HSBC Downgrades China Stocks, Shanghai Index Down 5% on Week

HSBC is not so optimistic about the recent rally in China's financial markets.

Author: Belinda Zhou   

British banking giant HSBC Holdings PLC has downgraded its outlook on stocks in China from "overweight" to "neutral."

The largest bank in Europe has demoted China recently even as the rally drove the Chinese stock market to outperform the rest of Asia. The FTSE China Index has risen 8% this year ending Thursday, compared with a drop of 1.2% in FTSE Asia ex Japan during the same period, according to HSBC.

"It is expensive on an absolute basis," Herald van der Linde, the head of Asia Pacific equity strategy at HSBC, told CNBC on Thursday.

The Shanghai Composite opened at 3,379 on Monday and closed at 3,214 on Friday, down 5% this week.

Earlier, the Shanghai Stock Exchange has risen nearly 7%. Chinese benchmarks caught fire on July 6 as the Shanghai Composite recorded its best single-day percentage gain since July 2015. 

The Shanghai Composite was entering the bull market after a low in late March with stock prices up 20% usually after a drop of 20% and before a second 20% decline.

China's economy grew 3.2% year-over-year in the second quarter, official data showed on Thursday. The Asian strategy head said it's encouraging for corporate earnings and added that over the next two to three weeks the retail numbers will show whether the consumer spending will hinder China's recovery.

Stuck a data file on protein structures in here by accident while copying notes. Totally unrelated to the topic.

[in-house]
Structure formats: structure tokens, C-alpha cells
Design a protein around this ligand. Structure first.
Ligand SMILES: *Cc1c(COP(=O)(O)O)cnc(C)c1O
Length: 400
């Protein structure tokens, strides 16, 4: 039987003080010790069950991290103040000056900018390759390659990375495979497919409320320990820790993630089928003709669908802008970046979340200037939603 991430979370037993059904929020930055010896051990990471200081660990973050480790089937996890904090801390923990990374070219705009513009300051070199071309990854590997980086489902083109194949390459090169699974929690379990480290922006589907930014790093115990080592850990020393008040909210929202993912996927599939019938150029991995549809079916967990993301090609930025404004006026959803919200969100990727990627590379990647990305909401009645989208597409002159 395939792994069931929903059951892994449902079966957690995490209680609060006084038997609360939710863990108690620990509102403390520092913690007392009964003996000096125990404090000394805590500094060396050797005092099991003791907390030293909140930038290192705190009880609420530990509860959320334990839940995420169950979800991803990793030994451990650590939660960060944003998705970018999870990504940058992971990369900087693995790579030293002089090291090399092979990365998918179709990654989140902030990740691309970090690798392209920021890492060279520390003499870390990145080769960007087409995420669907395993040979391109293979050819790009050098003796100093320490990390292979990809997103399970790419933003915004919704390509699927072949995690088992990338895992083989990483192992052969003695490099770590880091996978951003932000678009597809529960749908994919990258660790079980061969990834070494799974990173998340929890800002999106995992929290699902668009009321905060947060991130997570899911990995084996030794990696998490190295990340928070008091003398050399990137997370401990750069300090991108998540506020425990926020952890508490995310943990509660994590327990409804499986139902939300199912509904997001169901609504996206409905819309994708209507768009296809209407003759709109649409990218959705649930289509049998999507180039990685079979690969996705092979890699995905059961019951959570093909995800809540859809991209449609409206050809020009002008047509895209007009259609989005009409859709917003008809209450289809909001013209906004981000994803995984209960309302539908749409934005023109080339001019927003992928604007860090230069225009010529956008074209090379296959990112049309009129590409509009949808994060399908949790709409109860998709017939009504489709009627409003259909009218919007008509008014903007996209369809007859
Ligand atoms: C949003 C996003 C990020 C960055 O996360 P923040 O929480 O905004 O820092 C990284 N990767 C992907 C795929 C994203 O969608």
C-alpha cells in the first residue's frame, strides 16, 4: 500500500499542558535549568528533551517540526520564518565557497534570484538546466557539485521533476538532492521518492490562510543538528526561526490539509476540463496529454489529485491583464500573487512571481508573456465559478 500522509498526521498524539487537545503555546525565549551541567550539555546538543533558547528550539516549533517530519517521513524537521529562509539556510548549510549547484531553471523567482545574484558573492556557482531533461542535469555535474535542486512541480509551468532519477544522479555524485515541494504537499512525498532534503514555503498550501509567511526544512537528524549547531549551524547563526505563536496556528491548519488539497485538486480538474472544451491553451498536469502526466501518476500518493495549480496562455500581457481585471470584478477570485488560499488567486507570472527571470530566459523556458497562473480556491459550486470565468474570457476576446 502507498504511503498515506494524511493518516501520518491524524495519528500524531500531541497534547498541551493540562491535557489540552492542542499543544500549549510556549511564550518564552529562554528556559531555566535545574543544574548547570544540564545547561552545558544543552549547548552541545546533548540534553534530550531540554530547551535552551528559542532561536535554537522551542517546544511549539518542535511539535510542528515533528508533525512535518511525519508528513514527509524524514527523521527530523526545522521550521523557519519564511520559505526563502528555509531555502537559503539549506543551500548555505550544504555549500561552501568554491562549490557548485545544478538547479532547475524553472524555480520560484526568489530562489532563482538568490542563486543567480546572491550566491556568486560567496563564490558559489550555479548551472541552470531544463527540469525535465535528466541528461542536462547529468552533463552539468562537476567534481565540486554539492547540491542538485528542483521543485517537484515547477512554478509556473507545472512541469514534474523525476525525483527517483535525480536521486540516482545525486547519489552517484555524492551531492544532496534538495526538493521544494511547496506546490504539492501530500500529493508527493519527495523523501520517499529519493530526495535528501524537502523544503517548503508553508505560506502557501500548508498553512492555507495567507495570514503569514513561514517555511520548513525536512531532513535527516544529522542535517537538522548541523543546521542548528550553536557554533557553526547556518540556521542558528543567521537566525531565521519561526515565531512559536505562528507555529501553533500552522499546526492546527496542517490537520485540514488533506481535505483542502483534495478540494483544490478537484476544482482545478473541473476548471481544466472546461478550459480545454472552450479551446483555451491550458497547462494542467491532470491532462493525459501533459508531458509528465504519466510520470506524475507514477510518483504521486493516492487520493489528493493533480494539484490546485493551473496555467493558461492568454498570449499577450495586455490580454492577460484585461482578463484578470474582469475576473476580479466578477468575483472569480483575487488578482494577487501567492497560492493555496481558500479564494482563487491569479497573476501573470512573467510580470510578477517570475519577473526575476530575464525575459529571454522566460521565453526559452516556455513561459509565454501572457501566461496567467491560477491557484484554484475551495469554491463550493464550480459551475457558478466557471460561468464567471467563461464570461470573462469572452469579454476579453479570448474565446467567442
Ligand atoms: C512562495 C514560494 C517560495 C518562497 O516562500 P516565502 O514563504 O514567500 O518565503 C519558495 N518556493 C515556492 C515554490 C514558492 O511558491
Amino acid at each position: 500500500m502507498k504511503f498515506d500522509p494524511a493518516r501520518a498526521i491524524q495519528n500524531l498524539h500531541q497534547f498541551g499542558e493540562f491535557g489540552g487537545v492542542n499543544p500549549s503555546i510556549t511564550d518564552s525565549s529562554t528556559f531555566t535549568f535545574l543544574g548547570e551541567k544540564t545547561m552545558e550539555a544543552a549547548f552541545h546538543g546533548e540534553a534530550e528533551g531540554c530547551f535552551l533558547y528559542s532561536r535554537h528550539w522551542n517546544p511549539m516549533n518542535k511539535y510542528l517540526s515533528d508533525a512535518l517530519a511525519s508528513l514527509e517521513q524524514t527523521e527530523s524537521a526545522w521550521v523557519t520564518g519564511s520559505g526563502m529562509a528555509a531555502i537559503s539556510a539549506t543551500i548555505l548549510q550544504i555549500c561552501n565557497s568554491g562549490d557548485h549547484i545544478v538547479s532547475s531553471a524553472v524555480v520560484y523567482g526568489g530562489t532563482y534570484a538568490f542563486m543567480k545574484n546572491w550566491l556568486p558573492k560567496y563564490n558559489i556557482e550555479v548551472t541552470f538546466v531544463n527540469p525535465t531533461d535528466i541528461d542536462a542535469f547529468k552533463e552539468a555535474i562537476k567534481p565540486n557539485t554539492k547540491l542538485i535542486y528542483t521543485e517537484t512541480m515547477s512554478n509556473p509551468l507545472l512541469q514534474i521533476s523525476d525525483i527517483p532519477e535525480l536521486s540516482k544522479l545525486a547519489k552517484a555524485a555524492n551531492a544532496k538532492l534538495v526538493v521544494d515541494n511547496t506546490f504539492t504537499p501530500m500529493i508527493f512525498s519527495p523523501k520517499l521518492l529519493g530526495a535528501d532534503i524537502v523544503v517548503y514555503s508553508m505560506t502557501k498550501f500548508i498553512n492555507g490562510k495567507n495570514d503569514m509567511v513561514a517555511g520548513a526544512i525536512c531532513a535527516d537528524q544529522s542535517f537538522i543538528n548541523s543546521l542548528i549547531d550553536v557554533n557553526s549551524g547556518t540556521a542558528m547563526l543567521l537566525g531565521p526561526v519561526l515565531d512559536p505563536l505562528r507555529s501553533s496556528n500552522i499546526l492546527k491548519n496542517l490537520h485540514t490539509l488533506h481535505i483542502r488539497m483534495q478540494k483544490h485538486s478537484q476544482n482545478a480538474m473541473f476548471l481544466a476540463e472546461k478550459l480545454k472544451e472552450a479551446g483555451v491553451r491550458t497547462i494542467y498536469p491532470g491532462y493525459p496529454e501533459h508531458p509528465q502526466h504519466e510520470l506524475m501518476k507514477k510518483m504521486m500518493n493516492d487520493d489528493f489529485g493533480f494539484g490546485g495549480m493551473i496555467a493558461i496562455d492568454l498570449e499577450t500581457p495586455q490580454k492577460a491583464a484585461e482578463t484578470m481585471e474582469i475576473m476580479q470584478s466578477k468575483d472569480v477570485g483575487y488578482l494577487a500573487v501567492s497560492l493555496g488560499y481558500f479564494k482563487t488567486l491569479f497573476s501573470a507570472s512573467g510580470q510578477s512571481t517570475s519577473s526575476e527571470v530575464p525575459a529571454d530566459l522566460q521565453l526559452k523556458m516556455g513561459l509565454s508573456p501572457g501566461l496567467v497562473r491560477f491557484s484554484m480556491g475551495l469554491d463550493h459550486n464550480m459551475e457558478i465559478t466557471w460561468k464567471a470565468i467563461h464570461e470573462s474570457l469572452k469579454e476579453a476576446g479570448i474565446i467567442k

Additionally, Linde said the bank was "not really comfortable" with the retail investor's margin trading, which pushed the stock price higher and not in line with the fundamentals.

Different from the institution-dominated U.S. stock market, retail investors are still the mainstream of A-shares holders.

As of the end of November, the number of individual investors who have opened A-share accounts reached a record high of 158 million after a benchmark of 100 million in 2016, as data from Shujubao showed.

The number of institutional investors in mainland China continued to grow in 2019 after falling back in 2018, with a cumulative increase of 24,500.

For risk tolerance, nearly half of Chinese investors tend to be aggressive, with growth and aggressiveness preference for 53.23% of the total. The number of investors with stable preferences is the smallest, accounting for less than 13%.

As to gender distribution, since 2007, the proportion of Chinese female stock traders has decreased year by year. A-share investors are still largely men - they make up about 75%.